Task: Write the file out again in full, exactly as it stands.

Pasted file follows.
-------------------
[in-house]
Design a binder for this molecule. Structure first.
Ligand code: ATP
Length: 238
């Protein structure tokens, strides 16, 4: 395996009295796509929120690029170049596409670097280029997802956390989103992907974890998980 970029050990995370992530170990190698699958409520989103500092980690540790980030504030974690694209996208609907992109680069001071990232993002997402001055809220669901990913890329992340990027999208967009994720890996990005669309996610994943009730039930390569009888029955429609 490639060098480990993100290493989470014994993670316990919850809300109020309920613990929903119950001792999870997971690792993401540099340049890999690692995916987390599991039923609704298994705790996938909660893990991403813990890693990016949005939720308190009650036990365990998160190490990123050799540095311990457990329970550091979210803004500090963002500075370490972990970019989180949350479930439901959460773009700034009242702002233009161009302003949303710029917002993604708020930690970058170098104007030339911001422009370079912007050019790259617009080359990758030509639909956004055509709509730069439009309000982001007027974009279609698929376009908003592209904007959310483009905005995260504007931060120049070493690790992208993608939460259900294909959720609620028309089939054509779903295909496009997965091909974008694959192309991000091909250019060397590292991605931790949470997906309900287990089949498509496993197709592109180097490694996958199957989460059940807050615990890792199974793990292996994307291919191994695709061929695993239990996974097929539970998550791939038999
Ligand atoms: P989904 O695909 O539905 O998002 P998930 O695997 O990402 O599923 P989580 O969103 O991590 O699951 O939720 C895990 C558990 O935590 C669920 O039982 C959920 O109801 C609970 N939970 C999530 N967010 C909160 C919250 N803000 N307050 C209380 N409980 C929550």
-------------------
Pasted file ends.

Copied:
[in-house]
Design a binder for this molecule. Structure first.
Ligand code: ATP
Length: 238
């Protein structure tokens, strides 16, 4: 395996009295796509929120690029170049596409670097280029997802956390989103992907974890998980 970029050990995370992530170990190698699958409520989103500092980690540790980030504030974690694209996208609907992109680069001071990232993002997402001055809220669901990913890329992340990027999208967009994720890996990005669309996610994943009730039930390569009888029955429609 490639060098480990993100290493989470014994993670316990919850809300109020309920613990929903119950001792999870997971690792993401540099340049890999690692995916987390599991039923609704298994705790996938909660893990991403813990890693990016949005939720308190009650036990365990998160190490990123050799540095311990457990329970550091979210803004500090963002500075370490972990970019989180949350479930439901959460773009700034009242702002233009161009302003949303710029917002993604708020930690970058170098104007030339911001422009370079912007050019790259617009080359990758030509639909956004055509709509730069439009309000982001007027974009279609698929376009908003592209904007959310483009905005995260504007931060120049070493690790992208993608939460259900294909959720609620028309089939054509779903295909496009997965091909974008694959192309991000091909250019060397590292991605931790949470997906309900287990089949498509496993197709592109180097490694996958199957989460059940807050615990890792199974793990292996994307291919191994695709061929695993239990996974097929539970998550791939038999
Ligand atoms: P989904 O695909 O539905 O998002 P998930 O695997 O990402 O599923 P989580 O969103 O991590 O699951 O939720 C895990 C558990 O935590 C669920 O039982 C959920 O109801 C609970 N939970 C999530 N967010 C909160 C919250 N803000 N307050 C209380 N409980 C929550």